Chromosomal number aberrations (CNAs) were assessed by metaphase comparative genomic hybridization, as previously described . Mutation of the isocitrate dehydrogenase (IDH)1 gene, and O6-methylguanine DNA methyltransferase (MGMT) promoter methylation, were also analyzed as previously described .
Histopathological analyses were performed on 4-μm sections of formalin-fixed, paraffin-embedded tissues of paired pre- and post-vaccination obtained from Case 2. The expression of VEGF-A, VEGFR1, VEGFR2, CD34 (endothelial cell marker), PDGFR-β (pericyte marker), programmed cell death-1 (PD-1) and programmed cell death ligand-1 (PD-L1) (immune-checkpoint molecules), CD4 (helper T-cell marker), CD8 (CTL marker), Foxp3 (Treg marker), CD163 (tumor-associated macrophage [TAM] marker), nestin (neural stem/ progenitor cell marker), and cleaved caspase 3 (apoptosis marker) were analyzed [26, 27].
Immunofluorescence staining for VEGFR1, VEGFR2, and PDGFR-β expressions or VEGFR1, VEGFR2, and cleaved caspase 3, CD34, VEGFR1 and cleaved caspase 3, or Foxp3 and cleaved caspase 3 expressions was performed (for details, see the Methods section in Additional file 3).
RNA extraction, cDNA synthesis, and quantitative real-time PCR
For quantitative real-time PCR (qPCR) of VEGF-A, VEGFR1, VEGFR2 and Foxp3, RNA was isolated from 10-μm sections of formalin-fixed, paraffin-embedded tissue using the “NucleoSpin total RNA FFPE XS” Kit (Macherey-Nagel) (for details, see the Methods section in Additional file 3) .
PFS was defined as the date elapsed between treatment initiation and tumor progression. OS and PFS were analyzed based on the Kaplan-Meier test. All statistical analyses were performed with IBM SPSS statistics. Differences were considered to be statistically significant when p < 0.05.
Four patients with primary glioblastoma were enrolled in this study (39–75 years old, two males and two females) between September 2014 and March 2018. All patients received 14 cycles of VEGFRs peptide vaccination (Table 2). All cases were IDH1-R132H wild-type and MGMT promoter methylation appeared in Case 2 and 4. 1,3-bis-Chloroethyl-1-Nitrosourea (BCNU) wafer was used in the surgical treatment of Case 2 and 3. The data of CGH analysis are summarized in Table 2.
No major toxicity (grade 3 and 4) was found in this study. During this vaccination, Case 4 developed grade 1 local skin reaction at the injection sites with induration, redness, and swelling. No patients developed ulcers at the injection sites. No delayed wound healing or gastrointestinal bleeding were seen either. No other adverse events, such as arterial and venous thromboembolism, hypertension, and proteinuria, which were reported in the clinical study of bevacizumab, were detected.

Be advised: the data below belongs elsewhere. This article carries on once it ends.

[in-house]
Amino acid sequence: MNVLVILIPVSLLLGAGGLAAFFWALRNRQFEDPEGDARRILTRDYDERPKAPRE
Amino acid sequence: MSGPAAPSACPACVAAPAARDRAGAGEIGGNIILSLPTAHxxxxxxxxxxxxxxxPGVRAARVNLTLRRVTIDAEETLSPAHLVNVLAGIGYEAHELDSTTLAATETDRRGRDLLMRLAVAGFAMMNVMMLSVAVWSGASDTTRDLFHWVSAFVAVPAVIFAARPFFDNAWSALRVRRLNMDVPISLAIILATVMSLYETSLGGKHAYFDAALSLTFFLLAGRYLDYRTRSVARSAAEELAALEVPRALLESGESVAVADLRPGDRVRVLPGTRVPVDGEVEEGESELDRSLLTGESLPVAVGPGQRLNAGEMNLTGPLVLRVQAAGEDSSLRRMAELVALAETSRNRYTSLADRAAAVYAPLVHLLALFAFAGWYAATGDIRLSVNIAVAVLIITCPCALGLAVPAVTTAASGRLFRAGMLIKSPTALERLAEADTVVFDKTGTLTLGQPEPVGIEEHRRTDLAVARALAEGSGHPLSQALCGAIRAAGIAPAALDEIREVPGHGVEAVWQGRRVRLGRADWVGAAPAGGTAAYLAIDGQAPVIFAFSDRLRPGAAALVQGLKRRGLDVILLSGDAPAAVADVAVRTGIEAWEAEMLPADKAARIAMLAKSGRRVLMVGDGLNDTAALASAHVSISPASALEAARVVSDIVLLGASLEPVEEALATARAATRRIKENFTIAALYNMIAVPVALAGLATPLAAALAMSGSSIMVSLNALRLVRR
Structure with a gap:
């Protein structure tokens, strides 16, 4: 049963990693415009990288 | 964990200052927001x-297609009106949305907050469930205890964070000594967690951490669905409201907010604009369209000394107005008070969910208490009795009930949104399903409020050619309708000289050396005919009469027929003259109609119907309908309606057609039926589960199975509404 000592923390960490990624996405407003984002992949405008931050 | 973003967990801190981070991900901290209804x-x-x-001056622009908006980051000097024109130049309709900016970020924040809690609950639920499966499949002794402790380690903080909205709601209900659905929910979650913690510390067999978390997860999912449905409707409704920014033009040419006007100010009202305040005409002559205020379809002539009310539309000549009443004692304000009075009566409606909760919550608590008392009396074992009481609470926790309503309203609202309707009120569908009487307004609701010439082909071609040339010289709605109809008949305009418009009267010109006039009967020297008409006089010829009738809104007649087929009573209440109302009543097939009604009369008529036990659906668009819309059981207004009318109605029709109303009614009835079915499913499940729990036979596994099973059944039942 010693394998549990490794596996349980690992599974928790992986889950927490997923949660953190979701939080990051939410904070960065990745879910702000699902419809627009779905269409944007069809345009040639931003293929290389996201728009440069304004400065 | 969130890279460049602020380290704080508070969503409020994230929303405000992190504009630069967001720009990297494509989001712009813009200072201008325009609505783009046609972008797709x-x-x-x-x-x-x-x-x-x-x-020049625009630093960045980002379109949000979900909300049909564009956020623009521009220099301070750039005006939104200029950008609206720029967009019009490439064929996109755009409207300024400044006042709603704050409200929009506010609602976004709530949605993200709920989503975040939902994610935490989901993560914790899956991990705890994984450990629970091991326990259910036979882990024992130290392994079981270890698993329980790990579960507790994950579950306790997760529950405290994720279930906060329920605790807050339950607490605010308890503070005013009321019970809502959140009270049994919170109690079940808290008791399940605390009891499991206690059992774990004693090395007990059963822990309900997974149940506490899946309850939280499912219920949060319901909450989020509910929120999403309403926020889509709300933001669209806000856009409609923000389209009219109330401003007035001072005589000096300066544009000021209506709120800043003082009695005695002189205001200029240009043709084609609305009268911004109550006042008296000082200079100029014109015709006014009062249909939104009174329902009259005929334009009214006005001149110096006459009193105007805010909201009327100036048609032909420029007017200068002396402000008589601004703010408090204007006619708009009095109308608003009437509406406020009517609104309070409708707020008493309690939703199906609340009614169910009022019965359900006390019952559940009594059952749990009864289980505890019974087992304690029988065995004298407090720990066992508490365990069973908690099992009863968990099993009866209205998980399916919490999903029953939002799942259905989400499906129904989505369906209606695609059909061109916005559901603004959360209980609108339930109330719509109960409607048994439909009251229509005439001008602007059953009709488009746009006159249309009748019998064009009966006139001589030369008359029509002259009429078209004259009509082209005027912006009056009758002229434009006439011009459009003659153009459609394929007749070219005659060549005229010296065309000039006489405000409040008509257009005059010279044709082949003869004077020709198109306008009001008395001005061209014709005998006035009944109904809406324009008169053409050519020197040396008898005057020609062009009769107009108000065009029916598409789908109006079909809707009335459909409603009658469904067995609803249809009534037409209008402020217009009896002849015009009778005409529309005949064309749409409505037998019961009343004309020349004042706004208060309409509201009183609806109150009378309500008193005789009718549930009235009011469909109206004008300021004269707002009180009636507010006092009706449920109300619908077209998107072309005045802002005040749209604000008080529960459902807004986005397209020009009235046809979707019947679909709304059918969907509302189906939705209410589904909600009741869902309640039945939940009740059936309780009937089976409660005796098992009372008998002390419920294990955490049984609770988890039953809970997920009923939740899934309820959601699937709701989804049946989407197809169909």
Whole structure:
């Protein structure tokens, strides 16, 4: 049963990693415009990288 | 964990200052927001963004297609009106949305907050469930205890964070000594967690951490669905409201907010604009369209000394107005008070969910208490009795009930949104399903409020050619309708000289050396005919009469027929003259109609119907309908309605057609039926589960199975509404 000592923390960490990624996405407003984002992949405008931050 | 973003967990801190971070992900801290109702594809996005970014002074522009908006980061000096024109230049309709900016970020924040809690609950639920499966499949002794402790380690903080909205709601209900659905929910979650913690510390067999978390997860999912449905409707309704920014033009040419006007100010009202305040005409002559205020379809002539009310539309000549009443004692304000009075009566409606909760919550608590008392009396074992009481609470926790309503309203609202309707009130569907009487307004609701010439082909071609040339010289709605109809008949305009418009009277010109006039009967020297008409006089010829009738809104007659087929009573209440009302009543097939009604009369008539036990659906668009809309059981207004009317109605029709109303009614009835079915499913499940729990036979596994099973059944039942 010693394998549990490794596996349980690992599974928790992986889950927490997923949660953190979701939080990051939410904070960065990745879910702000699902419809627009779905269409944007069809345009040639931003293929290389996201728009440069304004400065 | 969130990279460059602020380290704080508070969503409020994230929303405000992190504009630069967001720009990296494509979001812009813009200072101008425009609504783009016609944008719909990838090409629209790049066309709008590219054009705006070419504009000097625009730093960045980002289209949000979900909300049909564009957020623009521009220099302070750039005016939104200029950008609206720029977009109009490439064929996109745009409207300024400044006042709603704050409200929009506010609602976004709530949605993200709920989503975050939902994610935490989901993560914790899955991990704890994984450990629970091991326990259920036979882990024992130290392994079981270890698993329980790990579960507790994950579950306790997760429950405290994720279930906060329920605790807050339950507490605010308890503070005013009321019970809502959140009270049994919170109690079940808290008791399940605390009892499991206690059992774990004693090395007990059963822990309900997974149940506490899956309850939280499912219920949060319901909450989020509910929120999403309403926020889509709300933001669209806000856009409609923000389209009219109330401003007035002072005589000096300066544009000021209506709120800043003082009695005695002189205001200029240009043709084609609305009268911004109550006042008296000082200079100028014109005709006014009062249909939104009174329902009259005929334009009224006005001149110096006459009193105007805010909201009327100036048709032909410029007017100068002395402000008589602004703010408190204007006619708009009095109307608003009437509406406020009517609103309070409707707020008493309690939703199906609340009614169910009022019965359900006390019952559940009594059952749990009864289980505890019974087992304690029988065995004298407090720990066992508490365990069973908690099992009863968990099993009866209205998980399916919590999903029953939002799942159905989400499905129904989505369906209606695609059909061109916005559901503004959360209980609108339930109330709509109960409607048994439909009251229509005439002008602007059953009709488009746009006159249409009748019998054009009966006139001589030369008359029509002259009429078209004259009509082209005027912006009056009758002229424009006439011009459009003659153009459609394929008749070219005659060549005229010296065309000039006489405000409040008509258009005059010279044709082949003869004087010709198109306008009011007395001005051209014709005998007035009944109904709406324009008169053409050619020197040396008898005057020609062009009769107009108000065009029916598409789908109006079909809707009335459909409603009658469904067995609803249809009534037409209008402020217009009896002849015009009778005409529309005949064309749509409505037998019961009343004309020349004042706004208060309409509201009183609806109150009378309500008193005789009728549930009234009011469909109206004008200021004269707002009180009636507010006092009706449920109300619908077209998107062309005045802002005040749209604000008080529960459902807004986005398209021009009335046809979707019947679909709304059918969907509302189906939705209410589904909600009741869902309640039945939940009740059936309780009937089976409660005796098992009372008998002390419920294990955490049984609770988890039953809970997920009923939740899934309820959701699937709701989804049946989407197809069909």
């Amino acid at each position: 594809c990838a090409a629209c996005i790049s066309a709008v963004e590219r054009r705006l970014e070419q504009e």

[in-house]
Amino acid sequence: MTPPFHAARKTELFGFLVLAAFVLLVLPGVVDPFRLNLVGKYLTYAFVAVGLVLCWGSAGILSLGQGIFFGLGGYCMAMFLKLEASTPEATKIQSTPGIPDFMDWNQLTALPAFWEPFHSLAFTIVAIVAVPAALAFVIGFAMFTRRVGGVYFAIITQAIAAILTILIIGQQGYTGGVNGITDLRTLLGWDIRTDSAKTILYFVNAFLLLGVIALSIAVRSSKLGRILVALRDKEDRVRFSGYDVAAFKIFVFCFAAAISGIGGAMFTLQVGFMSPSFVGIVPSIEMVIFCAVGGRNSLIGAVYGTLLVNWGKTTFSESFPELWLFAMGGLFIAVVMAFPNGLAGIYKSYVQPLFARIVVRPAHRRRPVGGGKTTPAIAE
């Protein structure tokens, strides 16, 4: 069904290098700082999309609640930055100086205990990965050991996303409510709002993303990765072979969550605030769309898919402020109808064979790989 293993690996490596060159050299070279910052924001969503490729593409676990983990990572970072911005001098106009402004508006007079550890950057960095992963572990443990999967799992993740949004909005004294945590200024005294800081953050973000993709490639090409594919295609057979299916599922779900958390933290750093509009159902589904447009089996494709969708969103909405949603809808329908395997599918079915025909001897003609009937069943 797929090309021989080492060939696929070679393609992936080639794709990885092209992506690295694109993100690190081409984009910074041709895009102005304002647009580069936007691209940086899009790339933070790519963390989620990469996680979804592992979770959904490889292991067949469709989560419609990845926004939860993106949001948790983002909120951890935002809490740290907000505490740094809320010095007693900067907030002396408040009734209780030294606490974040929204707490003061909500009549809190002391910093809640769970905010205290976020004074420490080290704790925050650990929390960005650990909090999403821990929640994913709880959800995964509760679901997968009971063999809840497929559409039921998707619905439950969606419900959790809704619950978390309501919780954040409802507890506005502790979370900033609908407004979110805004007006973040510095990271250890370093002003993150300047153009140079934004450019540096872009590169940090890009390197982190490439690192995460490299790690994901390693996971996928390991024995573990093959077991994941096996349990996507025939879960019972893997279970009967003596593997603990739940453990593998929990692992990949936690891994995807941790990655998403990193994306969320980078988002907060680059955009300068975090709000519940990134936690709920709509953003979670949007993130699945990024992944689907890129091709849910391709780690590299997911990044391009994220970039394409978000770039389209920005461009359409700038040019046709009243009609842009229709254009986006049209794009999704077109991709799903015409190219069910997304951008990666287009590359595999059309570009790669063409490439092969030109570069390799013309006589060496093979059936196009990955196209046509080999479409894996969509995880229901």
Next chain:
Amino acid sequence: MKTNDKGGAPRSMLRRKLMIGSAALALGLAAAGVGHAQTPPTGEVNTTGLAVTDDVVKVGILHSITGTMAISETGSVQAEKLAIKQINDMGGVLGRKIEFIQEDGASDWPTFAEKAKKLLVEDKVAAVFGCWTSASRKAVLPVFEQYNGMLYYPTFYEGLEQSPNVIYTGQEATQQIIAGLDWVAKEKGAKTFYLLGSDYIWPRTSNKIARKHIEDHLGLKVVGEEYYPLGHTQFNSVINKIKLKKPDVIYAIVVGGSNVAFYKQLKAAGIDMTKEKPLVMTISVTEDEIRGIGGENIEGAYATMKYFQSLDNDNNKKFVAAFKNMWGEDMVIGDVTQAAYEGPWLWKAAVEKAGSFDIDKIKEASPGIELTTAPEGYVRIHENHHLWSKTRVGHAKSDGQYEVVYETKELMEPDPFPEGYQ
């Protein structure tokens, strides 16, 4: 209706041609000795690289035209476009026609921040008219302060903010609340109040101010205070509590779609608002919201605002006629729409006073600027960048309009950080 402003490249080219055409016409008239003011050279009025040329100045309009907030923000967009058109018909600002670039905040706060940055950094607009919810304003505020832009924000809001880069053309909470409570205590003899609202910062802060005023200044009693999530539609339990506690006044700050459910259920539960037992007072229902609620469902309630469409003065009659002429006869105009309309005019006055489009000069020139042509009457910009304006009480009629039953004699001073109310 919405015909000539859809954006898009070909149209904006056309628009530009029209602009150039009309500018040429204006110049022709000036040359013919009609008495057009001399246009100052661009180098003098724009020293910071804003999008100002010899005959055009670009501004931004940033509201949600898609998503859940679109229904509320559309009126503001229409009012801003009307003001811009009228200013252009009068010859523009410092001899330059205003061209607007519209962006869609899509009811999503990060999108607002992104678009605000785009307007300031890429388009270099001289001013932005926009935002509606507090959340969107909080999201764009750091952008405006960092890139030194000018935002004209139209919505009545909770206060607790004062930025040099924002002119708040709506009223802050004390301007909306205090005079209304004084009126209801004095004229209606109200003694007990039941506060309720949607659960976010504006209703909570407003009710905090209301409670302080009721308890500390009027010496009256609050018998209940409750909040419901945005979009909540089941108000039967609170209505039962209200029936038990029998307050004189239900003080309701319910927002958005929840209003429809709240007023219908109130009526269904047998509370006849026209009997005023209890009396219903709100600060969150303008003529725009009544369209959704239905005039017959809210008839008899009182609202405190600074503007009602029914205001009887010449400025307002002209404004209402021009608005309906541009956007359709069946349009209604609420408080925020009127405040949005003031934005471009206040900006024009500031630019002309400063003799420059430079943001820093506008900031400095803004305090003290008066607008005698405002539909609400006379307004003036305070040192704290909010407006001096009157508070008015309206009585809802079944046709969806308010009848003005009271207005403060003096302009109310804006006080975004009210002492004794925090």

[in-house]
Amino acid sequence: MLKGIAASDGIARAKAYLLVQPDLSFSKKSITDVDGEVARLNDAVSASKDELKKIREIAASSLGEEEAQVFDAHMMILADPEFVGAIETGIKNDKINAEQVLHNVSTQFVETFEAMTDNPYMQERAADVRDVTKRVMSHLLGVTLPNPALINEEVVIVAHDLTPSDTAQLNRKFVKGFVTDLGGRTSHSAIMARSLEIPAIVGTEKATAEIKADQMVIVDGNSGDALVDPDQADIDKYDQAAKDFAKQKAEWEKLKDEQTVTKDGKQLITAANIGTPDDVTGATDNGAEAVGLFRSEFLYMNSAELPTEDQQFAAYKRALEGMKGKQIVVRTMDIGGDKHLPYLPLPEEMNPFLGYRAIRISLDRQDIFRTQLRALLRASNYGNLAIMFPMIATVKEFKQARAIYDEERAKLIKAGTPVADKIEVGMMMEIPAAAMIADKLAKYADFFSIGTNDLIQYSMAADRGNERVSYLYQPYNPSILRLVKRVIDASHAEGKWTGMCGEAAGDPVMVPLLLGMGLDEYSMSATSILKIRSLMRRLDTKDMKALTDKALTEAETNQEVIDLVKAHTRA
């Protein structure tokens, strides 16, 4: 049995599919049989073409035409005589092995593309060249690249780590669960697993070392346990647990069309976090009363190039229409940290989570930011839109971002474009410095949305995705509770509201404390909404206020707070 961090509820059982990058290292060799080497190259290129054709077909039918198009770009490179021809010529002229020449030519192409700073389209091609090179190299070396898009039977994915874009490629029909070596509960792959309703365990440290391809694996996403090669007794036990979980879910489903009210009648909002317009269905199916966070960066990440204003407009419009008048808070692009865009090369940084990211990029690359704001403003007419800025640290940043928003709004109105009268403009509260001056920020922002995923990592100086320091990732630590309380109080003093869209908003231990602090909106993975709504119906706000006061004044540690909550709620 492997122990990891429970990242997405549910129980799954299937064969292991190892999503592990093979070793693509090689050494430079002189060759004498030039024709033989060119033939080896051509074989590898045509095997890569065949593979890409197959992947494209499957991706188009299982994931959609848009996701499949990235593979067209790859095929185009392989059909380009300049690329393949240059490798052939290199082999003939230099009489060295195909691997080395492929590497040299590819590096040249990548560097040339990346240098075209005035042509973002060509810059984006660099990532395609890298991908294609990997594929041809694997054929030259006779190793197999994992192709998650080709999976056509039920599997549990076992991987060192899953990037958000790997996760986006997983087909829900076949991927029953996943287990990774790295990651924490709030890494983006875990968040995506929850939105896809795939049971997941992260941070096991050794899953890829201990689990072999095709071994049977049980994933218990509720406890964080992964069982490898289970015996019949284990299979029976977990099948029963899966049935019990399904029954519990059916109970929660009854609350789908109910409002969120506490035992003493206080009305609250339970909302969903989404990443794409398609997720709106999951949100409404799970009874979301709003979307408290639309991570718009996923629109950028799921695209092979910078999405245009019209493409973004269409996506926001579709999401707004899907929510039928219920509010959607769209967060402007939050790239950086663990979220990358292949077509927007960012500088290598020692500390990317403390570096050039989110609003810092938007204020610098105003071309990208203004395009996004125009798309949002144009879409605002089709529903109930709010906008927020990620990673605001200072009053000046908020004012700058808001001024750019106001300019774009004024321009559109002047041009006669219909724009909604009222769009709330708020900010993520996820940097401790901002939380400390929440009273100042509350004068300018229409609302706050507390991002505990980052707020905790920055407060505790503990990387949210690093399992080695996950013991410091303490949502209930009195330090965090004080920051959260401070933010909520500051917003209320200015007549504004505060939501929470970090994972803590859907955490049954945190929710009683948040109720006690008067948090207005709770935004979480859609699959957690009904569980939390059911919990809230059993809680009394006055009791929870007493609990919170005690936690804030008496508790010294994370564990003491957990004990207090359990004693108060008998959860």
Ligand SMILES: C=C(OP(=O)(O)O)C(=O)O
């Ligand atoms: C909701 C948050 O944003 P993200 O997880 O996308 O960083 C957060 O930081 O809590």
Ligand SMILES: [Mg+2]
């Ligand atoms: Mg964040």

Case 3 and 4 achieved complete response (CR). MGMT methylation was not detected in Case 3 (Fig. 2c, d). Although Gd-enhanced lesions were temporarily decreased in Case 1, and 2, Case 1 revealed progressive disease (PD) 10 months after the last vaccination and 9 months in Case 2 (Fig. 2a, b). In Case 2, the recurrent enhanced lesion was surgically removed again. The Kaplan–Meier curves for OS and PFS in four patients are shown in Fig. 3, respectively. At the time of analysis, Case 3 and 4 still showed CR (1425 and 962 days). Case 1 and 2 had already died (OS: Case 1, 967 days; Case 2, 1272 days).
CD8+ T-cell response
In Case 3 and 4, CTLs specific for both VEGFR1 and 2 were induced after vaccination. Immunological monitoring could not be performed for Case 1 and 2, as the samples were lost because of a deep freezer fault (Table 3).
The histological changes using pre- and post-vaccination glioblastoma specimens could be analyzed in Case 2. The analysis of endothelial cells stained by CD34 demonstrated that vessel diameter was smaller, and microvessel density (MVD) was lower after vaccination. Most tumor vessels exhibited strong VEGFRs expressions without PDGFR-β positive pericytes before vaccination. In contrast, tumor vessels after vaccination showed negative or slight expression of VEGFR1 and 2, and most endothelial cells were covered with PDGFR-β positive pericytes (Fig. 4a, b). Tumor cells with VEGFR1 or R2 expression were observed in the pre-vaccination tumor (Fig. 4a). VEGF-A expression after vaccination was also decreased compared with that before vaccination (Fig. 4a). There were fewer Foxp3-positive cells in the post-vaccination tumor compared with that of pre-vaccination (Fig. 4e). qPCR analysis revealed that the mean relative expressions of VEGF-A, VEGFRs, and Foxp3 genes in the post-vaccination tumors were lower than that of the pre-vaccination tumor (Fig. 4g). More number of cleaved caspase 3 positive cells were detected in post-vaccination tumor than in pre-vaccination tumor. In the post-vaccination tumor, the expression of cleaved caspase 3 was co-localized in endothelial cells with CD34-positive staining and Foxp3-positive cells (Fig. 4c, d, e, f). In contrast, the number of CD163, CD8, and CD4-positive cells did not change after vaccination. Immune checkpoint molecules, such as PD-1/PD-L1 and, a marker of glioma stem cell-like phenotype, such as nestin did not change either after vaccination (Additional file 1: Figure S1 A,B,C).